Documents for SBE 19-02, Freymuth had been approved last year, yet had some residents confused about a few items and how the resolution of the property boundaries had occurred. There has been some fine tuning to the document, which passed today.
Clinica Family Health Surveys
Commissioners heard from Former Commissioner and Colorado Senator Jeanne Nicholson, who brought with her Janet Rasmussen, Chief Integrated Services Officer of the Clinica Family Health.
Previous surveys in our county indicate a great interest in local health care. A group of people worked together this past January to find who could offer Health Care services to Gilpin County, once again.
Clinica Family Health agreed to consider Gilpin County to provide a health clinic, dependent on survey results.
The Clinica Survey can be found at www.clinica.org/mnt-comm-health-2.
Ms. Nicholson and Ms. Rasmussen presented to the BoCC today, not just to announce the good news that a health clinic is considering options to open in Gilpin, but also to obtain permission to draw general public opinions about what our County seeks in a family health clinic.
There was much excitement at the options of a quality health care provider seeking a home to serve our population. A few locations have been considered in our area. More understanding of the needs would be better to select a potential location.
Rec Center Requests Staffing Increase
Parks and Recreation Director Gabrielle Chisholm reviewed the ways the department has recovered from the Covid closure. She has been hired as the new director and gives thanks for support from the voters and many volunteers to open the recreation center in March and the pool in mid-May.
The community center and pool are open M, W 8am-8pm, F 8-6, Sat 8-4. M-F youth camp is held there. Hopes to open on Thursdays are being coordinated.
Gilpin County has re-started leagues and is doing events with volunteers, and six full-time employees. However, staff positions could coordinate better to cover training, vacations, and sick times with an increase in staff.
Documentation of financial status of the department supported the hopes for adding these staff members. The BoCC approved hiring of six additional staff members.
County Manager’s Report
County Manager Abel Montoya had a few issues to present and discuss progress with the BoCC.
–Telecommuting Policy and Procedure has become an issue with many employers having had to have so many restrictions for health during Covid. Within the Gilpin County employees, each department has unique needs. Comm. Isenhart feels it is better for the public to find employees in their office. Comm. Hollingsworth appreciates the benefits of co-worker comradery. Working from home has been a new way of working, yet, specific policies and procedures are being considered for each Gilpin Co. department.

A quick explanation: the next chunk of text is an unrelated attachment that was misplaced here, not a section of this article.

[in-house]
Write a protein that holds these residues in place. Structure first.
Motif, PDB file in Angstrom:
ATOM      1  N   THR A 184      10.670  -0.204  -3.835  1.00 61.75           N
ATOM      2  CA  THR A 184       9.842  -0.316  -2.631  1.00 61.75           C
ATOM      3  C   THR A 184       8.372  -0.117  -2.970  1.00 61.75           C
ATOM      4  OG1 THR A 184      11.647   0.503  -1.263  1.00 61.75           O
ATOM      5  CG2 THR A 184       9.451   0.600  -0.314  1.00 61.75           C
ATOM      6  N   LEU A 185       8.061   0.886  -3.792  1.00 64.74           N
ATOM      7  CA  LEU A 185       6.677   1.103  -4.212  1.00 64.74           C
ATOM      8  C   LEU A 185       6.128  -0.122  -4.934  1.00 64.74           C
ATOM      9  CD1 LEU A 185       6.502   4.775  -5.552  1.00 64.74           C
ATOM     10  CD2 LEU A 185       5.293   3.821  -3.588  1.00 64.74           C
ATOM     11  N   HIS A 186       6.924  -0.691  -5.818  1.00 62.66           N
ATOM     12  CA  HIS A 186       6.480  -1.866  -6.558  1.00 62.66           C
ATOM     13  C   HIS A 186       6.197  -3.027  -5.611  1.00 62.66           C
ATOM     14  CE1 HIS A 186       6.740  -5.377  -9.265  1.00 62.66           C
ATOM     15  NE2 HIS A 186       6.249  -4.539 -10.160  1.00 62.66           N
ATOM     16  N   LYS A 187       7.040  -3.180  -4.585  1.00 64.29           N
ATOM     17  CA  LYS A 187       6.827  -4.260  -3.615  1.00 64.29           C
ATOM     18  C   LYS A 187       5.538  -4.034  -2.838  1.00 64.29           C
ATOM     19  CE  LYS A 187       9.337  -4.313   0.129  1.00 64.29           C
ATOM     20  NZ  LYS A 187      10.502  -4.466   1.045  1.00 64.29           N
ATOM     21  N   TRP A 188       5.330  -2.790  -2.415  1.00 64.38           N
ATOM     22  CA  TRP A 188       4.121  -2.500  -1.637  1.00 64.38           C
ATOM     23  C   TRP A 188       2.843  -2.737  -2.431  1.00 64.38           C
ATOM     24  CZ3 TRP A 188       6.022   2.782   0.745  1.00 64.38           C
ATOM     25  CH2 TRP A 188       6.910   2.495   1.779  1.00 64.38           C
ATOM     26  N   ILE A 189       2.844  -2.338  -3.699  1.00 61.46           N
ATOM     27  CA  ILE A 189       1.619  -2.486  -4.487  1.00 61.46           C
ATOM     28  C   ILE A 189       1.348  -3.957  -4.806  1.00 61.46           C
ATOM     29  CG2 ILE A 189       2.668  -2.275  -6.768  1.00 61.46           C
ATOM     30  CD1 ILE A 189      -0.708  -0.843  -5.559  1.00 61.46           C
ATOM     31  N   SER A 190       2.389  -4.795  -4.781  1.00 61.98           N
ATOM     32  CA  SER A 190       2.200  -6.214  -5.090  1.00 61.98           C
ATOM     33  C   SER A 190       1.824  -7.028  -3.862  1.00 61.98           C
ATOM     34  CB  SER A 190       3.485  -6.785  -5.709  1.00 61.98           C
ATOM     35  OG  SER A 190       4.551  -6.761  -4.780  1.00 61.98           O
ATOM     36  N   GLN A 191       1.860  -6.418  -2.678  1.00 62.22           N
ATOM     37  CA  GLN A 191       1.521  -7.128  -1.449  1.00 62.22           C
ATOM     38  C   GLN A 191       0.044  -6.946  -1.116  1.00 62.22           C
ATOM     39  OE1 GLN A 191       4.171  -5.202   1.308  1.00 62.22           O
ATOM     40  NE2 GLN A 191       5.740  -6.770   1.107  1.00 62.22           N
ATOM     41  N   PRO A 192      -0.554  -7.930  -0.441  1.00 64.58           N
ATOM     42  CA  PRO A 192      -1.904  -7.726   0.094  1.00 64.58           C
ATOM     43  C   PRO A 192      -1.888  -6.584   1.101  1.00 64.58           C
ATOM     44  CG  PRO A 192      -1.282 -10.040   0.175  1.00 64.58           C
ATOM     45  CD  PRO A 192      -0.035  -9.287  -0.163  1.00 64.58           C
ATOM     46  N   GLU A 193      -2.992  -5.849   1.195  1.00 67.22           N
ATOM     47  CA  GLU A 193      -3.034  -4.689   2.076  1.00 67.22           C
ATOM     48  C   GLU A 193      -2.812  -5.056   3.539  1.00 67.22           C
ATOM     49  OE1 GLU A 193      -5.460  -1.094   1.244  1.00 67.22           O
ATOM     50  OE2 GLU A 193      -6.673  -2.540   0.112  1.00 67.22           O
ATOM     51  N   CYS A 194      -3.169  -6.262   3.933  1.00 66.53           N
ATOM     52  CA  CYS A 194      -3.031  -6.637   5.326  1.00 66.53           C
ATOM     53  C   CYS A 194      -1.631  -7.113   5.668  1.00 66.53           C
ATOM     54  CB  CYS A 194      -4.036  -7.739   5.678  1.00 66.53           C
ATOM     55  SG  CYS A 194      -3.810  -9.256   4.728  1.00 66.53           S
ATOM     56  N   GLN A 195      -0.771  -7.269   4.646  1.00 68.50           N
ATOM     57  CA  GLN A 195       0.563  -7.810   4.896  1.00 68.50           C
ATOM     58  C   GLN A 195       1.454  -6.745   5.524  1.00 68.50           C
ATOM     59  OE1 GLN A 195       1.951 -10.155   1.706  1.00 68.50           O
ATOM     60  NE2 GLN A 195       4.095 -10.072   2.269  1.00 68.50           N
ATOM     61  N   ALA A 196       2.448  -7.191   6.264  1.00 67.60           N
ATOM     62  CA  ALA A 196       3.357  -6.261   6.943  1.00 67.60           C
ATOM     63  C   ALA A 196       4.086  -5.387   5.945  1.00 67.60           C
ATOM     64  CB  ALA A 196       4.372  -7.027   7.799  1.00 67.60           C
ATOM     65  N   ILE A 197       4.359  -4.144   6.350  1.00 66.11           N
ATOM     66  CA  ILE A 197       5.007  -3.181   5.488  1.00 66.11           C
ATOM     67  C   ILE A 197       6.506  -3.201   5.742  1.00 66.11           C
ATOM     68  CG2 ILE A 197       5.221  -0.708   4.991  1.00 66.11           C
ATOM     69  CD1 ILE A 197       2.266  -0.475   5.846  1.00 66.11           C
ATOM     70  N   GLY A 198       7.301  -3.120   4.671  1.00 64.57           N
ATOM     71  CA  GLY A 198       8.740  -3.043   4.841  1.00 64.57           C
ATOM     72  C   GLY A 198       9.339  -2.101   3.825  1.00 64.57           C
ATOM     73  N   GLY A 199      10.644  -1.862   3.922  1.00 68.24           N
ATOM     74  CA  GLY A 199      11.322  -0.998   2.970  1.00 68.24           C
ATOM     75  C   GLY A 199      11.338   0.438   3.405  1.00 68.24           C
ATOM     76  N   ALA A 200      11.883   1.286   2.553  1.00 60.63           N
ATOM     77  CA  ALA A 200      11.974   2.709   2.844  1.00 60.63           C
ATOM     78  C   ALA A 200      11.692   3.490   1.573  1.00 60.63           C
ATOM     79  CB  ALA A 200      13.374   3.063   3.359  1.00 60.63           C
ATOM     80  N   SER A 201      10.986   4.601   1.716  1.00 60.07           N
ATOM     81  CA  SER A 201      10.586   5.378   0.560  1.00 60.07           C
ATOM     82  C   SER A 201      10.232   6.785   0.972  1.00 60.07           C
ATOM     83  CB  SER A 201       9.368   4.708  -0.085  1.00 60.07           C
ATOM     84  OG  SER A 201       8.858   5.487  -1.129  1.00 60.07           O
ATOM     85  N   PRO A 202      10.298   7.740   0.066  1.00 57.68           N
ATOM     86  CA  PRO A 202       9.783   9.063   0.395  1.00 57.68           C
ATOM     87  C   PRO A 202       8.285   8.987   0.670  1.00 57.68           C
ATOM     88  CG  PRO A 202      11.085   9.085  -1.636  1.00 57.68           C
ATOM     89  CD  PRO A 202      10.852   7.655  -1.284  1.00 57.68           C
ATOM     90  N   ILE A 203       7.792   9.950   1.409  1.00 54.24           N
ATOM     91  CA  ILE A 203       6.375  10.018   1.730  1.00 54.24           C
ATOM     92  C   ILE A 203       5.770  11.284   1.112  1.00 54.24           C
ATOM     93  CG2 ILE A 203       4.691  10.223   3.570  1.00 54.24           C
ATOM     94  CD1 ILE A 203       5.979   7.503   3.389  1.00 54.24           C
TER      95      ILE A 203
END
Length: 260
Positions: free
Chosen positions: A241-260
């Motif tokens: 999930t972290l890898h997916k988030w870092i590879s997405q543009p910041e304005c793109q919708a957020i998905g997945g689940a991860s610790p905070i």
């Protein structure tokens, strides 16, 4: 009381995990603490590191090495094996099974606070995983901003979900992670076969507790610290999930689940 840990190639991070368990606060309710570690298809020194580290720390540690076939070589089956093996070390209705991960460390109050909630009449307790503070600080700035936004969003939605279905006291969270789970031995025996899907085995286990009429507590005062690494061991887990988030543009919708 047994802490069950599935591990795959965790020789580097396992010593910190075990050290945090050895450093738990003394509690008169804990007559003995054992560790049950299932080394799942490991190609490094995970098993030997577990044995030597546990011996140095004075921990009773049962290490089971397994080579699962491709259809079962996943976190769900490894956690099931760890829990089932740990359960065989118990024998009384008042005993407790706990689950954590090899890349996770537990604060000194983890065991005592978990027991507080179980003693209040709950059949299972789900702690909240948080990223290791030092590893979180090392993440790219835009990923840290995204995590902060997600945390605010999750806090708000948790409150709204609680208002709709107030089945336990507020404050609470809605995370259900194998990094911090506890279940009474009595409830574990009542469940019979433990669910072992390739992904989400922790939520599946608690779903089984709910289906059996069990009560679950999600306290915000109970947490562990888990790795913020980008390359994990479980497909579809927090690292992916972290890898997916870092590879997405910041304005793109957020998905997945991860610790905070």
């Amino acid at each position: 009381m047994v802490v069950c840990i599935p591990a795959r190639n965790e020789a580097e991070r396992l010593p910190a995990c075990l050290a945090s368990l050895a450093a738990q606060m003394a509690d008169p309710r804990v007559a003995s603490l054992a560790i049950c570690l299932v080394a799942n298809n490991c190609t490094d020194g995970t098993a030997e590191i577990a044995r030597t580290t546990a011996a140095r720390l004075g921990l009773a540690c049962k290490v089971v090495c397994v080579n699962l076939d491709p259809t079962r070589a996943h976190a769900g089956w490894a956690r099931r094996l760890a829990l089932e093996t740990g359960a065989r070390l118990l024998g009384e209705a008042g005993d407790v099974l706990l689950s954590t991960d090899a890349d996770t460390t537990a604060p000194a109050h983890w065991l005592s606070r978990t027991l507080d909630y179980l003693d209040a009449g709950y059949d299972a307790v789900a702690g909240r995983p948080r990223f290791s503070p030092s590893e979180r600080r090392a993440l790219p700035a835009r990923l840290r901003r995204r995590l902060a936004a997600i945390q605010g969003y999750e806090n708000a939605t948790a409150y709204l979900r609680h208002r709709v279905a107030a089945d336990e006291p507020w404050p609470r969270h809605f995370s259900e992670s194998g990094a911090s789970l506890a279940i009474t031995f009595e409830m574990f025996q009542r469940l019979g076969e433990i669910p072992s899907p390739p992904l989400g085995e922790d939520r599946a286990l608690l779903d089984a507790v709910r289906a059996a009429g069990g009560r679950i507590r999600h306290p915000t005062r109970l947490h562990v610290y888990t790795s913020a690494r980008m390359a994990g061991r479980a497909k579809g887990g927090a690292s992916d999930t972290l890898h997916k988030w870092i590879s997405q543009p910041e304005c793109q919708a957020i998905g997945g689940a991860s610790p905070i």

–Discussion of Vacation Hours Cap recognized the challenges demanded by employees for the county unable to take vacation time with limited coverage when an employee is out. Some people have lost their vacation time unable to use it by the end of last year. This discussion will continue, to respect the work done by Gilpin employees to keep our county in order.
–Clear Creek County/ Gilpin County Shooting Facility has been in discussion for over a year now. Progress was reported with a draft proposal for developing the facility. Police offices in the two counties could also use the facility for practice and training. Discussion continues about managing this shooting range locally, or to have a consignment for profit management. Clear Creek County has received a grant from Parks and Recreation of Colorado toward the range.
–REDI Grant and Economic Development Role. Gilpin Business Analyst Caitlin Lovett explained the application for a grant that would create an employee position that would last for 18 months. This position would focus on improving small local businesses and the general economic outlook for Gilpin County. The application was approved by the BoCC.